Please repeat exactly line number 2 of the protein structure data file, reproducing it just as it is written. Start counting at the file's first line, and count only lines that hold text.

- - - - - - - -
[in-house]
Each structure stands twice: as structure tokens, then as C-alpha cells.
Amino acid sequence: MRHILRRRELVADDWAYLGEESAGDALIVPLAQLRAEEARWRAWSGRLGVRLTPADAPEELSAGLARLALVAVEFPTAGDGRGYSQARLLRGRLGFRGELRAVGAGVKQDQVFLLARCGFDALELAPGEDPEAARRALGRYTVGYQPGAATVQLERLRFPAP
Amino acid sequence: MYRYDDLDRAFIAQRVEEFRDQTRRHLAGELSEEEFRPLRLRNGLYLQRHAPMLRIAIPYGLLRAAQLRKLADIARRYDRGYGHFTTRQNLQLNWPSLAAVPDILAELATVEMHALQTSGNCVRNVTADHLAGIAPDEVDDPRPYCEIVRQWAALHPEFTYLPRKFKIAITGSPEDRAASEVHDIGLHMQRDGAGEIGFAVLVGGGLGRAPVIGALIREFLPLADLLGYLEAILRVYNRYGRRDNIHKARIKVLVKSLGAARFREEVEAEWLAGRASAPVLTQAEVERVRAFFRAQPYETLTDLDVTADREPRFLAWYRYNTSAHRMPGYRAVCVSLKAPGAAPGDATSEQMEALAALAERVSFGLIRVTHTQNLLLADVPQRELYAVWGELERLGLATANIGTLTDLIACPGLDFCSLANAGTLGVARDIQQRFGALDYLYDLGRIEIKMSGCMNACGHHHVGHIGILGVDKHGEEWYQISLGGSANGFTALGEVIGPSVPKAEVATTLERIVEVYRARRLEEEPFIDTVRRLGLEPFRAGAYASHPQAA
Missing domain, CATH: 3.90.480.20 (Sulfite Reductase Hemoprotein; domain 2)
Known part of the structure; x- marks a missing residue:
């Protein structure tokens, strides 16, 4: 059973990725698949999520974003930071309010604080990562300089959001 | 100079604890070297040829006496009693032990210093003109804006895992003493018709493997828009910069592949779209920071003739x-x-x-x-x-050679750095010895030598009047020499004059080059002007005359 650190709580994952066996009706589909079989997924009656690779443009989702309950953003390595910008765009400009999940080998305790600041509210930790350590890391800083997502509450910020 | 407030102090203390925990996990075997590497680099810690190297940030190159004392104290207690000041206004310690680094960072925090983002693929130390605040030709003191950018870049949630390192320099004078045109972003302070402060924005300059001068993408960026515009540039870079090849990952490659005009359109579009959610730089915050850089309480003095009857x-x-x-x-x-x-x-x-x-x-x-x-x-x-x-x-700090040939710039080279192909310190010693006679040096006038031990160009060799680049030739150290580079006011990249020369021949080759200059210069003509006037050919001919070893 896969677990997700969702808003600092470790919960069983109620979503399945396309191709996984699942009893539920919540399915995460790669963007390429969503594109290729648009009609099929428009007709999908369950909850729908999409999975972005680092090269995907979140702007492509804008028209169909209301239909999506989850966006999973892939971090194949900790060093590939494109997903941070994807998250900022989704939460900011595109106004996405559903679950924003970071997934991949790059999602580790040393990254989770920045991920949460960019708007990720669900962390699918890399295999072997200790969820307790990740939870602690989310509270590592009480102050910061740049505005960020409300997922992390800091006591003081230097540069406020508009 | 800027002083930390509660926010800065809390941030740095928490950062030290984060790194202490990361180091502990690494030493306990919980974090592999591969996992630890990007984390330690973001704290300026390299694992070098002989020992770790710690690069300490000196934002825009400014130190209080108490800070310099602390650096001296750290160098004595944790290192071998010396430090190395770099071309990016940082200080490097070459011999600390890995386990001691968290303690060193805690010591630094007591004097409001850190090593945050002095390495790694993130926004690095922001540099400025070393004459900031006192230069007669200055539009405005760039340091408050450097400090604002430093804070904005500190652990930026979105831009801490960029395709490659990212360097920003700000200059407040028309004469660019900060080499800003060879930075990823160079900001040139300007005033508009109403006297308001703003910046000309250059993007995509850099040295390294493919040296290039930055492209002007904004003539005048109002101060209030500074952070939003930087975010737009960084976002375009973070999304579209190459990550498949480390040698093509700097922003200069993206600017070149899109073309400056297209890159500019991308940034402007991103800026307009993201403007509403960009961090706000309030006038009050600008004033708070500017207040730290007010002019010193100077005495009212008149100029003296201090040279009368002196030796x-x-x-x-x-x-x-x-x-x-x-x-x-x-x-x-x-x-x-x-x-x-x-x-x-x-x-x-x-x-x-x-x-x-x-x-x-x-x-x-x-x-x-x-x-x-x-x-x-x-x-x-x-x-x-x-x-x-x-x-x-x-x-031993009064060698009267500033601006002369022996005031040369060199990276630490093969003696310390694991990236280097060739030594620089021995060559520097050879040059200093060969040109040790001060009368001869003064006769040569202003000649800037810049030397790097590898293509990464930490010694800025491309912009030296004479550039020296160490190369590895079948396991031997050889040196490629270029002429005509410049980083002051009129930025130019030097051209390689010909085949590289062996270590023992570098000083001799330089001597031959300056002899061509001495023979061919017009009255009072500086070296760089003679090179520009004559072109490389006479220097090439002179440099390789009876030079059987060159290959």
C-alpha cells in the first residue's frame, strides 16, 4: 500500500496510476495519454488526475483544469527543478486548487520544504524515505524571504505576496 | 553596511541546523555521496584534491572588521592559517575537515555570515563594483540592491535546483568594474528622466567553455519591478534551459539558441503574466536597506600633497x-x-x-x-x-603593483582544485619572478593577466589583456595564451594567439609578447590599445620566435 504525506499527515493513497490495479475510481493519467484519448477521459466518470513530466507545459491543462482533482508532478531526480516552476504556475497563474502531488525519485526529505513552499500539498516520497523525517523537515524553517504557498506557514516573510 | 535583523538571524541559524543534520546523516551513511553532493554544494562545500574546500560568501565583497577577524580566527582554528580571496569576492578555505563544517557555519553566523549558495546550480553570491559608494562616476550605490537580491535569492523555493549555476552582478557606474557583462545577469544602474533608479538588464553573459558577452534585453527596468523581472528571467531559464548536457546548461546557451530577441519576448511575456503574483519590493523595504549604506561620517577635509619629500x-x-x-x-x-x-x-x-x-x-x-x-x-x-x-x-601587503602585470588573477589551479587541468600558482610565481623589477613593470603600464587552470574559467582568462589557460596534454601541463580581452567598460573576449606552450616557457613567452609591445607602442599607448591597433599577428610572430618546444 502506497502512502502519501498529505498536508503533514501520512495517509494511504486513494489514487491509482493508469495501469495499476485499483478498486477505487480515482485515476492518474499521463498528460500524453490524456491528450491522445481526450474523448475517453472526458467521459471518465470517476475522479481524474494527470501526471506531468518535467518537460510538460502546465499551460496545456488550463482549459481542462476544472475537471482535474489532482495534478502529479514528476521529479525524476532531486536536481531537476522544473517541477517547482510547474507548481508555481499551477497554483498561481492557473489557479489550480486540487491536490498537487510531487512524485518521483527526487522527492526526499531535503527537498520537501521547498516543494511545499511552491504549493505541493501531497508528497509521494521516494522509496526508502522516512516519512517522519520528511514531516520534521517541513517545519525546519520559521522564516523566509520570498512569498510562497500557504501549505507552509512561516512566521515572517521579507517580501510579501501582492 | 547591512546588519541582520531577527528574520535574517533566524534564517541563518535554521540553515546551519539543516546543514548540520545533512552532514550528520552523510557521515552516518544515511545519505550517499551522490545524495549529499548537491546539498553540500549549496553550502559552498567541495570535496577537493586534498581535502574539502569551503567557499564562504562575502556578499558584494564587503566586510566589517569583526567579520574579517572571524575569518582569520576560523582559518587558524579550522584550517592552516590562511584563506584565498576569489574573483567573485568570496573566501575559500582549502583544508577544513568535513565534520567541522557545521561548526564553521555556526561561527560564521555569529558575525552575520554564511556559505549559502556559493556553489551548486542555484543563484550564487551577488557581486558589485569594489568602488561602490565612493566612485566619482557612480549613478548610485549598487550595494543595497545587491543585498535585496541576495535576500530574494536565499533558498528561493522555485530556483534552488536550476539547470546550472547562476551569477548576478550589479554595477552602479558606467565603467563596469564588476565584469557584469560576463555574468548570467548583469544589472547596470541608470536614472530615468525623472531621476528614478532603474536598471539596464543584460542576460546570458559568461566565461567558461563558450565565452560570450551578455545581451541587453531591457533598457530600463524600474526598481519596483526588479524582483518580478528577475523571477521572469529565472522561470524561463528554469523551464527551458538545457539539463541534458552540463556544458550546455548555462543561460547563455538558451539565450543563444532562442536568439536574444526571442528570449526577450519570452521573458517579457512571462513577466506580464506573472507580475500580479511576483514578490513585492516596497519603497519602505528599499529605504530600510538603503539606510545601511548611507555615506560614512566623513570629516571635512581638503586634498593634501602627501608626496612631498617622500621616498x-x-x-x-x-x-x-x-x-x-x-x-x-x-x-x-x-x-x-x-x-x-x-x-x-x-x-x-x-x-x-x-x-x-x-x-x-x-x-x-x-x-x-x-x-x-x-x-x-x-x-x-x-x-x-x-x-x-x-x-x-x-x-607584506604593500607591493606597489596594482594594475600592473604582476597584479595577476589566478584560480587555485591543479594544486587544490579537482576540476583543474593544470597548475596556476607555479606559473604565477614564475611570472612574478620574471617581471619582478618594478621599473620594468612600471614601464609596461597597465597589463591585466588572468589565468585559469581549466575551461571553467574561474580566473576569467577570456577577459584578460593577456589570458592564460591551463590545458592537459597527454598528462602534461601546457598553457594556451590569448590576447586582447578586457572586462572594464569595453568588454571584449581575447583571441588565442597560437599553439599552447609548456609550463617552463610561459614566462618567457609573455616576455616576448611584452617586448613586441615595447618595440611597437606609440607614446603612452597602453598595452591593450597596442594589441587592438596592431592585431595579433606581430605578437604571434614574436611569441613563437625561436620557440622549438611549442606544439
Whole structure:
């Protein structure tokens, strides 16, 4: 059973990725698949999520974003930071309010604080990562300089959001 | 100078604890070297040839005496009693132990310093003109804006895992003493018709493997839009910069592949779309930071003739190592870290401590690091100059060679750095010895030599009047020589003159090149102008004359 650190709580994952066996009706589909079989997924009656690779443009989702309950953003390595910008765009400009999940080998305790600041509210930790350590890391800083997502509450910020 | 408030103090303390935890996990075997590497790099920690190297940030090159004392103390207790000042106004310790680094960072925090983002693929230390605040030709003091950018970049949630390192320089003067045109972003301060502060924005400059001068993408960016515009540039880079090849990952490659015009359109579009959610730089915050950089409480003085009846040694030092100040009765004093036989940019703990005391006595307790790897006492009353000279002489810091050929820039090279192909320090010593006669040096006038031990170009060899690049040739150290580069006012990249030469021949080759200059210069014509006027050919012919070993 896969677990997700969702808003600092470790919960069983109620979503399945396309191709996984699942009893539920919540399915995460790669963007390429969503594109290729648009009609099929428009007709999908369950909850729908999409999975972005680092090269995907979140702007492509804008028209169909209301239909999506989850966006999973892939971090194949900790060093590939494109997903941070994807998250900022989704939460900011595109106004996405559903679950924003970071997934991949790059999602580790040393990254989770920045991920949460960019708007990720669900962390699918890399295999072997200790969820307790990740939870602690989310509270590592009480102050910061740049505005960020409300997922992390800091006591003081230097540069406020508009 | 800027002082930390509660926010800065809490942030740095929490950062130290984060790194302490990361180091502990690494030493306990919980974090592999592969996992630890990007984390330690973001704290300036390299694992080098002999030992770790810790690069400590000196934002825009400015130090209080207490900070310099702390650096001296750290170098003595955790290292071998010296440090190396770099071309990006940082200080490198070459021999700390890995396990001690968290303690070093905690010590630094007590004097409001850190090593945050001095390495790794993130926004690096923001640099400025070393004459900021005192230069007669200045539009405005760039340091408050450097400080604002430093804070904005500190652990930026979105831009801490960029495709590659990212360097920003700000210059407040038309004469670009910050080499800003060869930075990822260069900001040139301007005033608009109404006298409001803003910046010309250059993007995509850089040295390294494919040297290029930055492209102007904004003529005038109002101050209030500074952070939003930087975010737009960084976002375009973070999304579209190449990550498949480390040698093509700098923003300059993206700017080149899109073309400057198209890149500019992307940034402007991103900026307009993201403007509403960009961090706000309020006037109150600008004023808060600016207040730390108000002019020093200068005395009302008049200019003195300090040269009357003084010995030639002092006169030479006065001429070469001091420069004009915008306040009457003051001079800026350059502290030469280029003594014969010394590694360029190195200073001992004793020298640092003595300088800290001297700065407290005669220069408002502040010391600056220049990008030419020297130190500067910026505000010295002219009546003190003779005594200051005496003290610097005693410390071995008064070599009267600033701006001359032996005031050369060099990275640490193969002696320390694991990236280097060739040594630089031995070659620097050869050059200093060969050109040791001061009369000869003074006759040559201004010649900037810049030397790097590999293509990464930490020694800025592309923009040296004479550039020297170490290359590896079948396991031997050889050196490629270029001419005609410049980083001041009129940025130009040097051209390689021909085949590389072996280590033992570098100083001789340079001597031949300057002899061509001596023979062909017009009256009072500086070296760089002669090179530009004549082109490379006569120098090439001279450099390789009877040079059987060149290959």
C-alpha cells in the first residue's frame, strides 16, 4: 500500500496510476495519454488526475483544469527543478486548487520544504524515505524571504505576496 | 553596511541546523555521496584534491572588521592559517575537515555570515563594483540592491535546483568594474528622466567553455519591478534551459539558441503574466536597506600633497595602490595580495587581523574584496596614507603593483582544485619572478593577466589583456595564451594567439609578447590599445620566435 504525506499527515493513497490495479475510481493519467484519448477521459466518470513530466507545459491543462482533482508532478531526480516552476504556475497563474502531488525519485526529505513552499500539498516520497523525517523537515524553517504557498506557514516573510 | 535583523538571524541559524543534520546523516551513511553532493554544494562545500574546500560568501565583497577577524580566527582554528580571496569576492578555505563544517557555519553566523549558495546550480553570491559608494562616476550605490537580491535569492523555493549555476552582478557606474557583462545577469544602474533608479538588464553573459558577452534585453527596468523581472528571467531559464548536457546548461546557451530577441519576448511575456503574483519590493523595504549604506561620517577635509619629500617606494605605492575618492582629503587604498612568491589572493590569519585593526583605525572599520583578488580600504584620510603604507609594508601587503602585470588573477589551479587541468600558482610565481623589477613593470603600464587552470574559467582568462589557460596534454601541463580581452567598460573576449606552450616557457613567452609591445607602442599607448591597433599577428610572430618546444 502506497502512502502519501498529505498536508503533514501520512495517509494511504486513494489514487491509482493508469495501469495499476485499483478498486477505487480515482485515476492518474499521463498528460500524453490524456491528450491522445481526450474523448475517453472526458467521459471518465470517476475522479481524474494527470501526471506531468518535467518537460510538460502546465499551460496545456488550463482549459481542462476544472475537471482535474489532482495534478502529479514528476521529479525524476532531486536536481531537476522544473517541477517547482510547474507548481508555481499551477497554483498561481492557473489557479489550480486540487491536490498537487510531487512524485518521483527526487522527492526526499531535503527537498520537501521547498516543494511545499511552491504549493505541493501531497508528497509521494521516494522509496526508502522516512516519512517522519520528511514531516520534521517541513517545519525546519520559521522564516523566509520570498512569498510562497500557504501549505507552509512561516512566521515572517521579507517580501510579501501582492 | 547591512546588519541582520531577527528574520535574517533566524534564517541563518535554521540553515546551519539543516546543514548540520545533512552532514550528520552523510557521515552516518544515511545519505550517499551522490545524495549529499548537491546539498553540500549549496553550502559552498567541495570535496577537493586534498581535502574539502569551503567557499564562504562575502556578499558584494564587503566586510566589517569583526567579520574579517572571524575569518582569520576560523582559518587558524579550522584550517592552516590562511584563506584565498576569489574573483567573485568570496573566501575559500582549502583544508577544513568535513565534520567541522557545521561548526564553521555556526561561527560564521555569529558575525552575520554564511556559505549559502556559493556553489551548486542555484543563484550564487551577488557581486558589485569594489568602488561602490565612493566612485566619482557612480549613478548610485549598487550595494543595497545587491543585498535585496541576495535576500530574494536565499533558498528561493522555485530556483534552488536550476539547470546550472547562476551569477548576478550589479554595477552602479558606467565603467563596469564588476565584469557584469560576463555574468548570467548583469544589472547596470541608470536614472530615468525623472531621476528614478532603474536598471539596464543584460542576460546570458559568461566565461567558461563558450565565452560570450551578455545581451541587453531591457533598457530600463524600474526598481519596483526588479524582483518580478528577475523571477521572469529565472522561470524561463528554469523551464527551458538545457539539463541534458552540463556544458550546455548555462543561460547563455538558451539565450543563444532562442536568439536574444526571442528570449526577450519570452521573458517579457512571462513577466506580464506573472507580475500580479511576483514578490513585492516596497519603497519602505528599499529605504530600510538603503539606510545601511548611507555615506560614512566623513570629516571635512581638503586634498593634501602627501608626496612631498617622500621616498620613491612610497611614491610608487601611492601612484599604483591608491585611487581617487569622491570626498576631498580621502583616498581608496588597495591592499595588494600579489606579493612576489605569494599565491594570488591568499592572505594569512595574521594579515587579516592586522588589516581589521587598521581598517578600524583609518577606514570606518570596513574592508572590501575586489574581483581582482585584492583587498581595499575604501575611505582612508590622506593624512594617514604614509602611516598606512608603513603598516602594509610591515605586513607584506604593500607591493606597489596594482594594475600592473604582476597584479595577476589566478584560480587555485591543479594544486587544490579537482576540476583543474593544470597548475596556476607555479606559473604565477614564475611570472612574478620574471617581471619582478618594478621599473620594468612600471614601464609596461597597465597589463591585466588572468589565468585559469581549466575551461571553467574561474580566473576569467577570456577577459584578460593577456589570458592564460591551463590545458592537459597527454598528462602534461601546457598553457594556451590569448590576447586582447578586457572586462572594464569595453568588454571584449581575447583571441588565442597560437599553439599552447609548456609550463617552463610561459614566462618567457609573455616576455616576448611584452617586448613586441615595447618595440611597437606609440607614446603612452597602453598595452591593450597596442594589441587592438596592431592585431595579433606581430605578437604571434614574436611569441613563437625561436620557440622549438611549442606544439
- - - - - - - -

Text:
Each structure stands twice: as structure tokens, then as C-alpha cells.